Political Notes: Ups, Downs and In-betweens
Kelly Loeffler joins the U.S. Senate, a new Technical College System of Georgia commissioner and U.S. Rep. Tom Graves is stepping down.
Loeffler Sworn In: Republican businesswoman Kelly Loeffler became Georgia’s junior senator in January, when she was sworn in by Vice President Mike Pence. She was selected by Gov. Brian Kemp to replace former Sen. Johnny Isakson, who retired for health reasons.
Kemp took heat from fellow Republicans for appointing a senator some deemed not conservative enough and resisted President Donald Trump’s urging that he appoint 9th District Republican Congressman Doug Collins, a staunch Trump supporter. Loeffler, however, has said she is “pro-Second Amendment, pro-military, pro-wall and pro-Trump.”
Loeffler, who is the second Georgia woman to serve in the U.S. Senate, will have to run for her seat in this year’s elections.
She has been a top official at Atlanta’s Intercontinental Exchange, where her husband, Jeff Sprecher, is CEO, and headed the company’s subsidiary Bakkt, a cryptocurrency firm.
Rep. Lewis Ill: Veteran Georgia Congressman and Civil Rights legend John Lewis (D-Atlanta) announced late in December that he has been diagnosed with Stage 4 pancreatic cancer.
“While I am clear-eyed about the prognosis, doctors told me that recent medical advances have made this type of cancer treatable in many cases,” he said in a letter to supporters. “Treatment options are no longer as debilitating as they once were, and I have a fighting chance.
“So I have decided to do what I know to do and do what I have always done: I am going to fight it and keep fighting for the Beloved Community. We still have many bridges to cross.”
New TCSG Head: Greg Dozier, former chief financial officer for Gov. Brian Kemp, is the new commissioner of the Technical College System of Georgia, selected unanimously by the system’s state board.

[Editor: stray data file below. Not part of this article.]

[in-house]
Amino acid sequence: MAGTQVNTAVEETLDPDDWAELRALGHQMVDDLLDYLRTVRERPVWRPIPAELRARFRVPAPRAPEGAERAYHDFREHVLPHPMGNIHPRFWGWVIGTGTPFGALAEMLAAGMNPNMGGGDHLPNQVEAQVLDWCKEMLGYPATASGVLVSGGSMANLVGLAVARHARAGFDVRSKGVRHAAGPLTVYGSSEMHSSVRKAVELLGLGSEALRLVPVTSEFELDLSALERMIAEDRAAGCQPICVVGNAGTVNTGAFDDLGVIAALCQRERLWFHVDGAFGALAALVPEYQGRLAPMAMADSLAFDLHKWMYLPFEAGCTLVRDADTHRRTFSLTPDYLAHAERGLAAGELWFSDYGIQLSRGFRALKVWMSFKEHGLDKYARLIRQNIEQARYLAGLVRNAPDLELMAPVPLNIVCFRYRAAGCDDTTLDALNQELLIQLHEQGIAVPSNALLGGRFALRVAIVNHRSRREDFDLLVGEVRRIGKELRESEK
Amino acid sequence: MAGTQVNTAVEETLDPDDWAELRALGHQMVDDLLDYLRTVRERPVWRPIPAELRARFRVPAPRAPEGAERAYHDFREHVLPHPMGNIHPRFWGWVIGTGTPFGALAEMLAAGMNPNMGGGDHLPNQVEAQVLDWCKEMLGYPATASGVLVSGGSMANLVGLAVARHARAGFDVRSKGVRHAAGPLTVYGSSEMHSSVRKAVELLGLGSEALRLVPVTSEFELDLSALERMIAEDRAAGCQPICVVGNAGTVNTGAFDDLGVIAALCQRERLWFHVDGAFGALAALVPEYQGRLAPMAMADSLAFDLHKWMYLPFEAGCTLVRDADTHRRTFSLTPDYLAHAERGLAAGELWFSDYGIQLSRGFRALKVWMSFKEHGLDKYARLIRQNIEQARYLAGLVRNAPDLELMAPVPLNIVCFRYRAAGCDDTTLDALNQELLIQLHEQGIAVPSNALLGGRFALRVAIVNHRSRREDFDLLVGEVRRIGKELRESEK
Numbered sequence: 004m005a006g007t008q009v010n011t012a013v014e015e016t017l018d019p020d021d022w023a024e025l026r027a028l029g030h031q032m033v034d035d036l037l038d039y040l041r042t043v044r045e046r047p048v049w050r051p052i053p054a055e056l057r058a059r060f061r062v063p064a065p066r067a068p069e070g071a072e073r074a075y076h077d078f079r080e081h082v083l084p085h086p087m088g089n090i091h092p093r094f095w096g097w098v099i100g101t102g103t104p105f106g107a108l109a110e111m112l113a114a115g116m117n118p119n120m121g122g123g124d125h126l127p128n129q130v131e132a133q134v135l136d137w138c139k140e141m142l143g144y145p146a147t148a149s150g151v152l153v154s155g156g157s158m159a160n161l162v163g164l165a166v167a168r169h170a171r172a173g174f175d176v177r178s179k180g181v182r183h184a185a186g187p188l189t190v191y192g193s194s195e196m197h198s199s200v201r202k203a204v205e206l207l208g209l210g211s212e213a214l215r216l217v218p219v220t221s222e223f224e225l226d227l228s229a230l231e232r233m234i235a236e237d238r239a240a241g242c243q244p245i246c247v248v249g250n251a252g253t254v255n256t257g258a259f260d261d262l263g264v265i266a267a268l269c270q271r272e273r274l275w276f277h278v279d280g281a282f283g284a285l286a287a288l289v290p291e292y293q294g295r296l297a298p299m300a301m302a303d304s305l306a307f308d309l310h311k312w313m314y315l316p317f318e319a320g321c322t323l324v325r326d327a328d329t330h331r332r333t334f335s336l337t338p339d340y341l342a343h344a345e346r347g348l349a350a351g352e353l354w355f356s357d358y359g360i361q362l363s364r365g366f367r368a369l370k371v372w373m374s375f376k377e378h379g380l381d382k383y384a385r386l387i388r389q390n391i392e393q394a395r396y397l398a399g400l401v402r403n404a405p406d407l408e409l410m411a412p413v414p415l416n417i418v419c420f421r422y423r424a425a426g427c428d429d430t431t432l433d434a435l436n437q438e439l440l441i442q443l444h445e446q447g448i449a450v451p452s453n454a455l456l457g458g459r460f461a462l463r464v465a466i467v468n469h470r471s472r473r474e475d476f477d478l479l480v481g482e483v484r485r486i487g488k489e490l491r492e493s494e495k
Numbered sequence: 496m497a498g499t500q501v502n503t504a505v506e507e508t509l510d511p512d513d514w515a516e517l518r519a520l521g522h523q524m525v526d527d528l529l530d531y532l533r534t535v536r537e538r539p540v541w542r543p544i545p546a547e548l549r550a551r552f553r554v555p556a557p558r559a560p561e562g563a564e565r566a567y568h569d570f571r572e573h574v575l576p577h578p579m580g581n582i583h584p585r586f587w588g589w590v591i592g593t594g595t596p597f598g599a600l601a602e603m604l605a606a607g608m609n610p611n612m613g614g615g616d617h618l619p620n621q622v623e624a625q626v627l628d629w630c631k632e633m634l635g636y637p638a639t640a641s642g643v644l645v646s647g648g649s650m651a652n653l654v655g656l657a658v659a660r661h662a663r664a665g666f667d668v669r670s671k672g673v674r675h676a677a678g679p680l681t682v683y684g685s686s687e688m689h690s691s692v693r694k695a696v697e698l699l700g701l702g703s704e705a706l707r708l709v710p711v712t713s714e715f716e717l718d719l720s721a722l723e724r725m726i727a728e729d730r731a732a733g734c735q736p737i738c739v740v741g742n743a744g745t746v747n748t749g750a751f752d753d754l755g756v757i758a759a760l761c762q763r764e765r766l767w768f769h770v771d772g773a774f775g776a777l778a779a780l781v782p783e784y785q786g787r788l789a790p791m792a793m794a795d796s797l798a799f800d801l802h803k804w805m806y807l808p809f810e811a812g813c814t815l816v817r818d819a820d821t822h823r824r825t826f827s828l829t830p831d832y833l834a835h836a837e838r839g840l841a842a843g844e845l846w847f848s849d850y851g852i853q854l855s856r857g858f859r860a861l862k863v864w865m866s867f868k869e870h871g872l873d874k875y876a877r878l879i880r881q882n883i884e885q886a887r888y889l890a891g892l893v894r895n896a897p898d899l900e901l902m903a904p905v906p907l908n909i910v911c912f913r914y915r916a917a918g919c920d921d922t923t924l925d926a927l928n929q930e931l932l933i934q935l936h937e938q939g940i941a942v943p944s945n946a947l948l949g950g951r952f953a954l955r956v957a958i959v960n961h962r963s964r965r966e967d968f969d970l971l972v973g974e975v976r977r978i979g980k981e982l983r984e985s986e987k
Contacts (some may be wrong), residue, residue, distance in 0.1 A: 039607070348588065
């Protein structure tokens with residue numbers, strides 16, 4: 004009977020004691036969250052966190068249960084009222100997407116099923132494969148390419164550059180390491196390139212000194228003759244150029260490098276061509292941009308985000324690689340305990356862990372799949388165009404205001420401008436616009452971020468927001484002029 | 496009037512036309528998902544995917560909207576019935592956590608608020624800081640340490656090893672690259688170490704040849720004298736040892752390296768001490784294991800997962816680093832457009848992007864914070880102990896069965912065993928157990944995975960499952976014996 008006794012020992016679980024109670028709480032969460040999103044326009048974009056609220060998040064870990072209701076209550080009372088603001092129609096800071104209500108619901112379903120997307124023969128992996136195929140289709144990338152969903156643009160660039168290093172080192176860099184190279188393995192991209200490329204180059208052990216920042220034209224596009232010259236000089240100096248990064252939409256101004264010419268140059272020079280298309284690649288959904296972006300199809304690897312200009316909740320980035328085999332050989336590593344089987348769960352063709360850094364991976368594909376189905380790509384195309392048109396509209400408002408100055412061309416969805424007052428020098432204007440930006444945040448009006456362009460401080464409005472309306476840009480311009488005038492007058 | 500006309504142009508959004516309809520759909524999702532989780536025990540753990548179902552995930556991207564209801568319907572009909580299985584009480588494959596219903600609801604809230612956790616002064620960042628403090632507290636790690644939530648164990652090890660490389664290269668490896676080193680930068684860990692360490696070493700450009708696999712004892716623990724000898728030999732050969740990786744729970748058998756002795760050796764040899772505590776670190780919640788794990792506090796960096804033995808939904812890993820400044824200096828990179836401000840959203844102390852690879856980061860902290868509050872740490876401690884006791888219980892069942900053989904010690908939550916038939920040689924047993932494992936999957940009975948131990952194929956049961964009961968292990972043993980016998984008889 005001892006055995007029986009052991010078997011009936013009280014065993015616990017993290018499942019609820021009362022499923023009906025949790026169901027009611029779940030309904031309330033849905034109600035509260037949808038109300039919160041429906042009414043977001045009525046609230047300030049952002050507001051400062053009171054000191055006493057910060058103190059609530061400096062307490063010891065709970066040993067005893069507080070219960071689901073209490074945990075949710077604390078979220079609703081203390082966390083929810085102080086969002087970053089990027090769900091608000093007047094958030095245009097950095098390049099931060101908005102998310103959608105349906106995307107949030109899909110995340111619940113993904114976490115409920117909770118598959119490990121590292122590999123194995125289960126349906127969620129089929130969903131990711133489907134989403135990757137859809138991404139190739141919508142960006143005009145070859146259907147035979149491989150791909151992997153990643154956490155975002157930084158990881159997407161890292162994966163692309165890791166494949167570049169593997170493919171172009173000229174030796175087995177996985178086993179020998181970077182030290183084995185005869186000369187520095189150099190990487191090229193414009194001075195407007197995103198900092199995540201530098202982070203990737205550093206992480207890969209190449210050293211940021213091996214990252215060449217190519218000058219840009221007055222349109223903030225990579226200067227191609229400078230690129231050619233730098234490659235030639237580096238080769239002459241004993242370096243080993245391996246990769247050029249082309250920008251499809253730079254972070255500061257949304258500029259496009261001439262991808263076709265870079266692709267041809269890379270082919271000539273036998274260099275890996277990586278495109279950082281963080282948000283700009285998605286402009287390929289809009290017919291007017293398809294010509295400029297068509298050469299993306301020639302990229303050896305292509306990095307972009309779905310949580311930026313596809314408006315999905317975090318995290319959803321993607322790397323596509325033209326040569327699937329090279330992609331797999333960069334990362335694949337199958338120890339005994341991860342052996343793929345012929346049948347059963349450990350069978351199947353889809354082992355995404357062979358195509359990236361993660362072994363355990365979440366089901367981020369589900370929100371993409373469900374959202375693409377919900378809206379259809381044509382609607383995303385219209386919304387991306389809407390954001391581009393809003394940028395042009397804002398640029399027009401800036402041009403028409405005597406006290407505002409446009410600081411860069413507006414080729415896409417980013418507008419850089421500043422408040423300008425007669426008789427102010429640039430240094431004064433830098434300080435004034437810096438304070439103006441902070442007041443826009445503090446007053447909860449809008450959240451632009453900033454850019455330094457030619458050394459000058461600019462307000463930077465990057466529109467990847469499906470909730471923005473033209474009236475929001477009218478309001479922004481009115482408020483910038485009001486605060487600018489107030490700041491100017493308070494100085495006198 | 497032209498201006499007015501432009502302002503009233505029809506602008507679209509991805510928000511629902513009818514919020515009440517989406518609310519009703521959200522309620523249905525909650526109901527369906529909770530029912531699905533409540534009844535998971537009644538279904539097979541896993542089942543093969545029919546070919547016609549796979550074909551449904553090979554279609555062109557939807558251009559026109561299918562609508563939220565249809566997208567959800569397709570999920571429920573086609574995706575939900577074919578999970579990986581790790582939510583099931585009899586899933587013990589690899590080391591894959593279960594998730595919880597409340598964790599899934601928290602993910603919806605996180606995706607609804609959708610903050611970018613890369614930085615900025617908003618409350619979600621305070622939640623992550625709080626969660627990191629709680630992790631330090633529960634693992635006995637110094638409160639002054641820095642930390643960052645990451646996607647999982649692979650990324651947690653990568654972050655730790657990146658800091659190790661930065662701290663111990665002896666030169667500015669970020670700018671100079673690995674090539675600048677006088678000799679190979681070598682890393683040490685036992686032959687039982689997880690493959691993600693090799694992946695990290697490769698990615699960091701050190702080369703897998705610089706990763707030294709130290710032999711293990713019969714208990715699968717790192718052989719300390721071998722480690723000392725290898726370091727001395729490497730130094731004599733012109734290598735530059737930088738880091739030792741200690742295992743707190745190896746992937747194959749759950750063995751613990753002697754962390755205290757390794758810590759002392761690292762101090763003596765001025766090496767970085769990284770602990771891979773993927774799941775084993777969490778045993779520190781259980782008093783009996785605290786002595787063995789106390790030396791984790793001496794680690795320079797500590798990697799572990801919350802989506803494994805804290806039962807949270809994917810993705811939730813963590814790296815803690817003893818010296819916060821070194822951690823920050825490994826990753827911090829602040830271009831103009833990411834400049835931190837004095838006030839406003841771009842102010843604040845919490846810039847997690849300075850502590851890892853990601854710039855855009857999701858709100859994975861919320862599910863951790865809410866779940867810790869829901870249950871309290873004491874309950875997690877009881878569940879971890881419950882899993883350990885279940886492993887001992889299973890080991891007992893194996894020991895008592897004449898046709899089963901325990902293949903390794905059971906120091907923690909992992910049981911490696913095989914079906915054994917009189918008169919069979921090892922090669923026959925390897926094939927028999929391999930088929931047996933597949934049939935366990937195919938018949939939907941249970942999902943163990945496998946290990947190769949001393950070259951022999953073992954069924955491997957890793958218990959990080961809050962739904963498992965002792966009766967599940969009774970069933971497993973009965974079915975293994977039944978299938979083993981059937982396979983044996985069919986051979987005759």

Dozier, who also worked under former governors Sonny Perdue and Nathan Deal, has served as commissioner of the Department of Corrections and the Department of Driver Services and as division director of the Governor’s Office of Planning and Budget. He holds a bachelor’s degree in criminal justice and master’s degree in business administration from Georgia State.
Kemp said in a press release, “Greg Dozier is a trusted ally and strong leader who understands state operations and offers a wealth of institutional knowledge” and that “he will always put families and students first.”
Dozier replaces Matt Arthur, who became the executive secretary of the Professional Standards Commission, which sets and enforces guidelines for preparation, certification and licensing of public school teachers.
In Memoriam: State Sen. Greg Kirk (R-Americus) died in hospice care in December of bile duct cancer. He was 56 and was first elected to the State Senate in 2014.
Colleagues from both sides of the aisle remembered him for his public service. Lt. Gov. Geoff Duncan recalled him as a loving family man, and Senate Minority Leader Steve Henson praised him for his work on behalf of people with disabilities.
As reported by The Atlanta Journal-Constitution, Kirk, a former pastor, was the author of a version of the 2016 religious liberty bill, vetoed by former Gov. Nathan Deal, which would have permitted clergy to refuse to perform same-sex marriages.
Graves Stepping Down: Georgia’s District 14 Republican Rep. Tom Graves will not seek re-election this year. Graves, a former Georgia House member who was first elected to Congress in 2010 and won his 2018 re-election resoundingly, said in a letter to his constituents, “Serving the country I love so much, and representing the community I hold so dear, is an honor that won’t be replicated.”
Benham Retiring Early: Georgia Supreme Court Justice Robert Benham, the court’s first African-American justice, will retire March 1, rather than at the end of December as he previously indicated.
His early departure means that Gov. Brian Kemp will be able to appoint a successor who will not have to face re-election until 2022.
Benham, 73, a Cartersville native who was appointed to the high court by former Gov. Joe Frank Harris in 1989, announced last spring that he would not seek re-election in 2020; the court’s mandatory retirement age is 75.
Four candidates had already announced they would run to replace Benham this year, but there will be no 2020 race for his seat.